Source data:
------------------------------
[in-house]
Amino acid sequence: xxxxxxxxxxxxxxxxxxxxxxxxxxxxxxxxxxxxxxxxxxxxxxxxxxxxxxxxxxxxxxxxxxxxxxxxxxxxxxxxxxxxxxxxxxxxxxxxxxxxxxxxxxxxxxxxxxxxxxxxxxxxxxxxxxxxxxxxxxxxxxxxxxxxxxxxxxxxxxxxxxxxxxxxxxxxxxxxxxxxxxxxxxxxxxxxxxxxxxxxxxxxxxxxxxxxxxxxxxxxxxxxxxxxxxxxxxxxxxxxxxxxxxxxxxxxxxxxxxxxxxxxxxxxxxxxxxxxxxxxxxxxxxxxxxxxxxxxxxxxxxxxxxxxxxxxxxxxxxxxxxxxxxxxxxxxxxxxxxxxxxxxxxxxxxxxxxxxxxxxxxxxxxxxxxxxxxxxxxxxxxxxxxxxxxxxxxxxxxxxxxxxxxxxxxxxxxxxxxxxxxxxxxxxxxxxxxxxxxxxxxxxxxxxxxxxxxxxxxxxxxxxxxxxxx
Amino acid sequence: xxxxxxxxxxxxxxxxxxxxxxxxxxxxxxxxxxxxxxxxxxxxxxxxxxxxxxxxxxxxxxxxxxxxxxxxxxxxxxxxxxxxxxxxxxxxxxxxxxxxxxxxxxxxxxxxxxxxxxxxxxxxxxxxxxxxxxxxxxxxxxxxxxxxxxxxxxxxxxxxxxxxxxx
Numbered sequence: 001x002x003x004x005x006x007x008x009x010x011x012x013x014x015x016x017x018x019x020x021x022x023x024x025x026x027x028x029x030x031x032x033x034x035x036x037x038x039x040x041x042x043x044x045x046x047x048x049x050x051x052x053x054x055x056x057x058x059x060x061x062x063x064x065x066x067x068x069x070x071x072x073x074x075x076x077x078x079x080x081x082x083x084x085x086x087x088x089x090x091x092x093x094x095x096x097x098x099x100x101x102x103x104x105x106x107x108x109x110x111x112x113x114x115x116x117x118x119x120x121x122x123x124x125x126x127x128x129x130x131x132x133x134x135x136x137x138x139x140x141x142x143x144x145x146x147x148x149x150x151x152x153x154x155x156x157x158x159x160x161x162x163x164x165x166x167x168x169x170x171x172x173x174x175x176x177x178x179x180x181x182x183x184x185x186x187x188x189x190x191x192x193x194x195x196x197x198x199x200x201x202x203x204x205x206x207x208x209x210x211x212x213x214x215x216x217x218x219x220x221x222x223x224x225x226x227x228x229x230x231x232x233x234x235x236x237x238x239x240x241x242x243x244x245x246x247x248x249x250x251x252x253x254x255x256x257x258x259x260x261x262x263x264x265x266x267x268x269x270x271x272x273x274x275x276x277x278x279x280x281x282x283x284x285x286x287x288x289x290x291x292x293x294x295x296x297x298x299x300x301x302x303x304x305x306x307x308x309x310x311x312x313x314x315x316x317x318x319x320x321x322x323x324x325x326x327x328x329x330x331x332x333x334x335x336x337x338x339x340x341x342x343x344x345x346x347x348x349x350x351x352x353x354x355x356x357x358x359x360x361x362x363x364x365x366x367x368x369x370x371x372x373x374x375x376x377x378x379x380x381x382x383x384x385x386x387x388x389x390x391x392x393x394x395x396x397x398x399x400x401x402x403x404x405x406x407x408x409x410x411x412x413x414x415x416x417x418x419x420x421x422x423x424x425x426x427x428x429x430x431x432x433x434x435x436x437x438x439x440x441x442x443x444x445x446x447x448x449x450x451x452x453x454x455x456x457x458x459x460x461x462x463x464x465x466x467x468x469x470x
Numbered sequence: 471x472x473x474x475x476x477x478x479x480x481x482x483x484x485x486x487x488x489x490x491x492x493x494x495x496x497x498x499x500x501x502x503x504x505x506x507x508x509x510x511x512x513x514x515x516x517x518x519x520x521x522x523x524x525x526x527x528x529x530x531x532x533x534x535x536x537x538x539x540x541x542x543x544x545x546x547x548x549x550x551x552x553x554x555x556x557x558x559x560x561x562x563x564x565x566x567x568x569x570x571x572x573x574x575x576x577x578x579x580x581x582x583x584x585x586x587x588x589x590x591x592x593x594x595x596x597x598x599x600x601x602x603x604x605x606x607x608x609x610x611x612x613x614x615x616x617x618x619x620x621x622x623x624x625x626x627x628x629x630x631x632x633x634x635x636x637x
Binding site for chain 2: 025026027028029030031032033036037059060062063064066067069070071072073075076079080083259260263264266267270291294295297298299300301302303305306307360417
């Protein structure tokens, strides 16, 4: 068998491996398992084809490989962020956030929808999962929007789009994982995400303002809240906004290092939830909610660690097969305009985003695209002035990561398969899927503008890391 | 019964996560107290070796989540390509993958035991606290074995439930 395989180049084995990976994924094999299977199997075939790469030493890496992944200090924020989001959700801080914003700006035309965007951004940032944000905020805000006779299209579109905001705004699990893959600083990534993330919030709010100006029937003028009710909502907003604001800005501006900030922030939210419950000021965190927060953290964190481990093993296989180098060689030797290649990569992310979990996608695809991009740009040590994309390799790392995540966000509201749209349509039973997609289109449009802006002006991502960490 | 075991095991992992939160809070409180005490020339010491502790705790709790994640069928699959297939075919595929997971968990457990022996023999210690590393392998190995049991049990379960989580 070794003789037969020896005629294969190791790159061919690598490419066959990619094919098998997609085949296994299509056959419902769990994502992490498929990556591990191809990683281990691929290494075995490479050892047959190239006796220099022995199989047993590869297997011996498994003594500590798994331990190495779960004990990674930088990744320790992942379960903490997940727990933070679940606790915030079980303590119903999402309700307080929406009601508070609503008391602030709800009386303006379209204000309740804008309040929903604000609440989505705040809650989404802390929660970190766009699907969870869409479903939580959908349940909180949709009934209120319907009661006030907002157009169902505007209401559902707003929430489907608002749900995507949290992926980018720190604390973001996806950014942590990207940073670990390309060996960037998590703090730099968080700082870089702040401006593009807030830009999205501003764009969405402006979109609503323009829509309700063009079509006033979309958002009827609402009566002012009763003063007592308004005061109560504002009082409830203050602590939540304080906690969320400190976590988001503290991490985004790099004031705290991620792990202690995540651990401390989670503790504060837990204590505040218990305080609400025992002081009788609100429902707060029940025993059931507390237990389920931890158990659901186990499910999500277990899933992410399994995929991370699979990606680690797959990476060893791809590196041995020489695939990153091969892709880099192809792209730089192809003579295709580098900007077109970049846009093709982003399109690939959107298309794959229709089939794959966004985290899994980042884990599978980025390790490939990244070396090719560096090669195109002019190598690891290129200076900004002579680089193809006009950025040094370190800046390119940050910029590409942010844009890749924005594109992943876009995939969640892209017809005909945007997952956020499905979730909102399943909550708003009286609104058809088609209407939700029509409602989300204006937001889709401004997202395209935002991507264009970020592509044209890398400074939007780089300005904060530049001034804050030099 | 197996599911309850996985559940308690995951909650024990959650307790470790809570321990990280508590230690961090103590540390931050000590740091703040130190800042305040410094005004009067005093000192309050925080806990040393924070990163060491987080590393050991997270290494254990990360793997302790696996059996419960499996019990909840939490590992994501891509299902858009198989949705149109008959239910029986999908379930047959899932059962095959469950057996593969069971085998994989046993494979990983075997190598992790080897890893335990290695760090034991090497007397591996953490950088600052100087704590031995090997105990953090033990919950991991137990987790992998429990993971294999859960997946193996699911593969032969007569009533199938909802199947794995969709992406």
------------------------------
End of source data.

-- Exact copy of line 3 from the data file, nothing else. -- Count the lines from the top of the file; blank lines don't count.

Amino acid sequence: xxxxxxxxxxxxxxxxxxxxxxxxxxxxxxxxxxxxxxxxxxxxxxxxxxxxxxxxxxxxxxxxxxxxxxxxxxxxxxxxxxxxxxxxxxxxxxxxxxxxxxxxxxxxxxxxxxxxxxxxxxxxxxxxxxxxxxxxxxxxxxxxxxxxxxxxxxxxxxxxxxxxxxx